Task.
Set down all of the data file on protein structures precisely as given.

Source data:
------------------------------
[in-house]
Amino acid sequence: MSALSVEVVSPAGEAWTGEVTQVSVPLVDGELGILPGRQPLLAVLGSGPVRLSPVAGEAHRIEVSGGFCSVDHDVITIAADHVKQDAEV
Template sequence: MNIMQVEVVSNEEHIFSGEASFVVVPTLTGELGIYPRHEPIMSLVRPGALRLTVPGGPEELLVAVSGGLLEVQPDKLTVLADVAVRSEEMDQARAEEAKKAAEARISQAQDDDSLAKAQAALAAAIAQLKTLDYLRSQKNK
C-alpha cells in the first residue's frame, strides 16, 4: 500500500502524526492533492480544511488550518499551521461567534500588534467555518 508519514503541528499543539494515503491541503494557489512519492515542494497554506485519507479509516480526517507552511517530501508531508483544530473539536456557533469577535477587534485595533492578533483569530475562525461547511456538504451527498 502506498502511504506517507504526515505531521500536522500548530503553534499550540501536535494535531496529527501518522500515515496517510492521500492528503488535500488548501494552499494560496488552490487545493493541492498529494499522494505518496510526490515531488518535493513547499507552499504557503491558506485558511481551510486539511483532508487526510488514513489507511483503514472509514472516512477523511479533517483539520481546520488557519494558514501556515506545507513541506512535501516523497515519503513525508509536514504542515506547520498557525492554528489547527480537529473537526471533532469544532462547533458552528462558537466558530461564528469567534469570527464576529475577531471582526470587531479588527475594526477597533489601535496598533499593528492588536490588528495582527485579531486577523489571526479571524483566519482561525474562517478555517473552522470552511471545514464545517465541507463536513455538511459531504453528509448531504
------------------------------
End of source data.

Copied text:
[in-house]
Amino acid sequence: MSALSVEVVSPAGEAWTGEVTQVSVPLVDGELGILPGRQPLLAVLGSGPVRLSPVAGEAHRIEVSGGFCSVDHDVITIAADHVKQDAEV
Template sequence: MNIMQVEVVSNEEHIFSGEASFVVVPTLTGELGIYPRHEPIMSLVRPGALRLTVPGGPEELLVAVSGGLLEVQPDKLTVLADVAVRSEEMDQARAEEAKKAAEARISQAQDDDSLAKAQAALAAAIAQLKTLDYLRSQKNK
C-alpha cells in the first residue's frame, strides 16, 4: 500500500502524526492533492480544511488550518499551521461567534500588534467555518 508519514503541528499543539494515503491541503494557489512519492515542494497554506485519507479509516480526517507552511517530501508531508483544530473539536456557533469577535477587534485595533492578533483569530475562525461547511456538504451527498 502506498502511504506517507504526515505531521500536522500548530503553534499550540501536535494535531496529527501518522500515515496517510492521500492528503488535500488548501494552499494560496488552490487545493493541492498529494499522494505518496510526490515531488518535493513547499507552499504557503491558506485558511481551510486539511483532508487526510488514513489507511483503514472509514472516512477523511479533517483539520481546520488557519494558514501556515506545507513541506512535501516523497515519503513525508509536514504542515506547520498557525492554528489547527480537529473537526471533532469544532462547533458552528462558537466558530461564528469567534469570527464576529475577531471582526470587531479588527475594526477597533489601535496598533499593528492588536490588528495582527485579531486577523489571526479571524483566519482561525474562517478555517473552522470552511471545514464545517465541507463536513455538511459531504453528509448531504